• Ellen Coles

Something Old, Something New, Something Borrowed, Something Blue


If you are in the midst of wedding planning you have probably heard the saying something old,

something new, something borrowed & something blue... but you might be asking yourself what exactly is

this?


This saying is an old English rhyme dating back to the Victorian Era. The general interpretation is that these items were a recipe for a happy marriage. It was thought to bring luck to the newlyweds by warding off the evil eye and protecting their fertility.


Today, it is still considered one of the most popular wedding traditions followed. Seen less as a

superstition and more as a fun way to incorporate different items of significance into your wedding.

Here is the modern breakdown of this practice:


Something Old

A nice way to include a family heirloom, a piece of jewelry/cufflinks is a popular choice. If you don’t have a family heirloom you can use something vintage, thrifted, or antique.


Something New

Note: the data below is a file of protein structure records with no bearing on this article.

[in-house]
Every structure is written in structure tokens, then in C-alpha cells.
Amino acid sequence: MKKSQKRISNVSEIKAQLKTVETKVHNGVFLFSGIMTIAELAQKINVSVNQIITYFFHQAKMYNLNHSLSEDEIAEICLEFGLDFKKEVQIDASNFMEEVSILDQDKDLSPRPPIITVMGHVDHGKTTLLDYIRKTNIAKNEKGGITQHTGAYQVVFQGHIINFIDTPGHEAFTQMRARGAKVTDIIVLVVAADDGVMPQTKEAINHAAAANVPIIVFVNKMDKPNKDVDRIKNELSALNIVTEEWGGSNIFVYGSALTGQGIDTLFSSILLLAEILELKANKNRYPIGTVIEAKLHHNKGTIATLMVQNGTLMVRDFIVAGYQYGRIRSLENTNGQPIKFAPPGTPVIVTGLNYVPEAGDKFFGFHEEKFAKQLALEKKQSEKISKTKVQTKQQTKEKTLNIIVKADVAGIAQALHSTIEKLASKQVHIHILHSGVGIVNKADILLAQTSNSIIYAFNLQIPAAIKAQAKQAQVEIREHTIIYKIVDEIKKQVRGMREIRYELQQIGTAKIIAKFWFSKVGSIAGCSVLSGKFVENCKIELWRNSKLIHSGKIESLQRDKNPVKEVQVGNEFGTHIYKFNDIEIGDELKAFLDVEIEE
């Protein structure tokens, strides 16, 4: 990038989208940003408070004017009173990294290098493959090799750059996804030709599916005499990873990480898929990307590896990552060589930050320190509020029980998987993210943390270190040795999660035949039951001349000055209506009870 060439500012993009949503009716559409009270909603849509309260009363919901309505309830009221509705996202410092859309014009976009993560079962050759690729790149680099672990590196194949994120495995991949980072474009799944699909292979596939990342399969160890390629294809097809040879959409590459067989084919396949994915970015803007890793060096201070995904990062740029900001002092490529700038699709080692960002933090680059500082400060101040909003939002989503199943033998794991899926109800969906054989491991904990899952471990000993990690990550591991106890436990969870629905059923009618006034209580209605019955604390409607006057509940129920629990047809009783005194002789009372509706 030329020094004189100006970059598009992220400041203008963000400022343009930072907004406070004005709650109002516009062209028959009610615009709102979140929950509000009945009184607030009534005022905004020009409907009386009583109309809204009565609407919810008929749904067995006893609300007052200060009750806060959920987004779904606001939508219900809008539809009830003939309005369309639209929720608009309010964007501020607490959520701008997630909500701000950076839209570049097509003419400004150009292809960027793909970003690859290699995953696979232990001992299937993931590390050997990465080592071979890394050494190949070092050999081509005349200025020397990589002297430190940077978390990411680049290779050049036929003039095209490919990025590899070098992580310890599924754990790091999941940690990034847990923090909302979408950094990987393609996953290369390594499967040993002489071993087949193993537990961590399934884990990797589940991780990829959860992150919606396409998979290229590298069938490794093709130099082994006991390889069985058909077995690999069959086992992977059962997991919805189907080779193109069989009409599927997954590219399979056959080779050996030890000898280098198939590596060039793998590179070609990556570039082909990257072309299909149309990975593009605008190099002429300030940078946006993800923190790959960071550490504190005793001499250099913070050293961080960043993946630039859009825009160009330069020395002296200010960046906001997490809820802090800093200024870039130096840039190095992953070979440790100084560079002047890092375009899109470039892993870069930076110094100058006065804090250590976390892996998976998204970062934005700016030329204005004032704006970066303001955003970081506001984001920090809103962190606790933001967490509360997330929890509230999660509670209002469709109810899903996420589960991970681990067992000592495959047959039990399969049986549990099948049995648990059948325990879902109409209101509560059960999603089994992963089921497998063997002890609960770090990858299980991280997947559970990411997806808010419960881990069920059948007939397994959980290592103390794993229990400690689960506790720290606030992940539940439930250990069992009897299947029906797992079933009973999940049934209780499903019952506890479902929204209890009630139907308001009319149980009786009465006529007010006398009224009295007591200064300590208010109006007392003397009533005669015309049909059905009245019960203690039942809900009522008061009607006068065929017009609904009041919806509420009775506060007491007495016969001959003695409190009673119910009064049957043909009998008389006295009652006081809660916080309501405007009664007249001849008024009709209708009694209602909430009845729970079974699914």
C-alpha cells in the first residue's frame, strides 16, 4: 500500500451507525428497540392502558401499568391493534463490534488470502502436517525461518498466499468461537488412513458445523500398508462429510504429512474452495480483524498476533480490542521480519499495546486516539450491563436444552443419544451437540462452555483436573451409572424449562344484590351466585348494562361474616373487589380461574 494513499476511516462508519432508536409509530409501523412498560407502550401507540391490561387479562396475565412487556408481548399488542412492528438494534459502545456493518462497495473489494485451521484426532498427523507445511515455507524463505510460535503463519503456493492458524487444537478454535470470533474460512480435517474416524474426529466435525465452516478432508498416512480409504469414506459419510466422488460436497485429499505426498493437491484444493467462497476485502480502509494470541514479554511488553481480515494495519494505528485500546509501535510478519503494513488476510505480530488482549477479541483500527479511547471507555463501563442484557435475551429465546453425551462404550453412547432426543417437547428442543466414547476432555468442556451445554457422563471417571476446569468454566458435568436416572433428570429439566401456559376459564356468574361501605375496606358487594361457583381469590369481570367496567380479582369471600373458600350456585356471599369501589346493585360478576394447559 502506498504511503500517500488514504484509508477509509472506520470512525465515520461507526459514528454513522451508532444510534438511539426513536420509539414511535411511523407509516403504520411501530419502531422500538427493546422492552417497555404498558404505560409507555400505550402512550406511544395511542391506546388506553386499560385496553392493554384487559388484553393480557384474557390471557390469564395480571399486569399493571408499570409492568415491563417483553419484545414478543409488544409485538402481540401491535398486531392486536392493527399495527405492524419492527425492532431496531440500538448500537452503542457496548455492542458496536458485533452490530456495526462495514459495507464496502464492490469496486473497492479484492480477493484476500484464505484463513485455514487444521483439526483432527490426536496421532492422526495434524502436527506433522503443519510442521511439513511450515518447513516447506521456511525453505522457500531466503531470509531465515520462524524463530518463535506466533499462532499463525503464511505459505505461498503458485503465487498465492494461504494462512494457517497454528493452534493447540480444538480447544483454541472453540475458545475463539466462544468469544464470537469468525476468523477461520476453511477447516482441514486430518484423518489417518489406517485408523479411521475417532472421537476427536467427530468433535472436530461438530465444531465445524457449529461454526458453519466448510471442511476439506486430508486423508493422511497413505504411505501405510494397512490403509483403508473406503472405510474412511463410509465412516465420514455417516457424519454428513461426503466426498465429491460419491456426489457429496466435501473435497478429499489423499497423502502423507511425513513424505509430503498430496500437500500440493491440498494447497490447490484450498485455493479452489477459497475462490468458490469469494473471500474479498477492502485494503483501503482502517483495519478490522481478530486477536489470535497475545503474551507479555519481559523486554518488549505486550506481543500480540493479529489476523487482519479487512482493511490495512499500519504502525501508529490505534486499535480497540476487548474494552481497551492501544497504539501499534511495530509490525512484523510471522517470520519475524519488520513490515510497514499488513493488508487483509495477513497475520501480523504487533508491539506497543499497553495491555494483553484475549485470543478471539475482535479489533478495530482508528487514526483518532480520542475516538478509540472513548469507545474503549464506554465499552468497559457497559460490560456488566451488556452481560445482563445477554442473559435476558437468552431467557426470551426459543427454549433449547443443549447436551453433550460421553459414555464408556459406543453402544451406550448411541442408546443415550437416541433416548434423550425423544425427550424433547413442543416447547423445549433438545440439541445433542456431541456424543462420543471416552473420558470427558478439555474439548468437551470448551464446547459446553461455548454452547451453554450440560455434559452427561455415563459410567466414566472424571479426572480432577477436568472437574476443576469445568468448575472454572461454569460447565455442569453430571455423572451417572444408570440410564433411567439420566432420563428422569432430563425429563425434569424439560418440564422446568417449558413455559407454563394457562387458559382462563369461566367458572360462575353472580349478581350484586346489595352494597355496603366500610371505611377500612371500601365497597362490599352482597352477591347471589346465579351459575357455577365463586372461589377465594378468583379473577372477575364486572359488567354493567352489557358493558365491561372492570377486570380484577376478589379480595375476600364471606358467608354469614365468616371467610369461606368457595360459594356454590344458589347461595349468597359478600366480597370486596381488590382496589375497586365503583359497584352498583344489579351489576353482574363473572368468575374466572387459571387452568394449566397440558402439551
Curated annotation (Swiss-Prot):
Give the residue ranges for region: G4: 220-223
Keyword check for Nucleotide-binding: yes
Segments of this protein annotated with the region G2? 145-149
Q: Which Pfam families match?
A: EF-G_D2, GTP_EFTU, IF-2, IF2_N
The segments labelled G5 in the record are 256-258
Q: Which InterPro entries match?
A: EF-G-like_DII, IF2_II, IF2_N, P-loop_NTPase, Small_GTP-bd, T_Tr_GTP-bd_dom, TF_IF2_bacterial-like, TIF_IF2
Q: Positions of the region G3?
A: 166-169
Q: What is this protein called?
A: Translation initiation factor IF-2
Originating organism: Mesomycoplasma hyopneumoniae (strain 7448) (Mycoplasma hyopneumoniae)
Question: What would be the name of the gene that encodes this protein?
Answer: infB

This can be something you buy for yourself or gifted to you. If you plan to exchange gifts with your soon-to-be spouse on your wedding day, you could incorporate it as your 'something new'. There are usually quite a few new items on your wedding day that you could classify as something new!


Something Borrowed

This can be combined with your ‘something old’ if someone is lending you a family heirloom on your big day. It’s also a nice way to have someone in your bridal party or a family member lend you something sentimental.


An idea we love is to borrow something from your fiancé/fiancée so you can have a piece of them with you before you say "I Do".


Something Blue

This can be a fun way to add a pop of colour to your ensemble with a pocket square, tie/bow tie, socks, wedding shoes, garter, jewelry or a hidden monogram/quote that is embroidered inside your dress/suit! There are a lot of possibilities with this one, and it could easily tie into an item from any of the other categories.


A Sixpence in Your Shoe

This fifth item is not commonly said anymore but was part of the original rhyme. If you want to opt for this item you could hunt down one of the decommissioned coins or replace it with a penny. You can place the coin in your shoe, or pocket, or have it sewn into your dress/suit. If you want the coin to have a little more meaning behind it, choose one with a symbolic year stamped on it.



If you decide you want to take part in this tradition you can really make it your own, have some fun

with it. And who knows... maybe it could bring you some luck!!


xoxo,

Ellen


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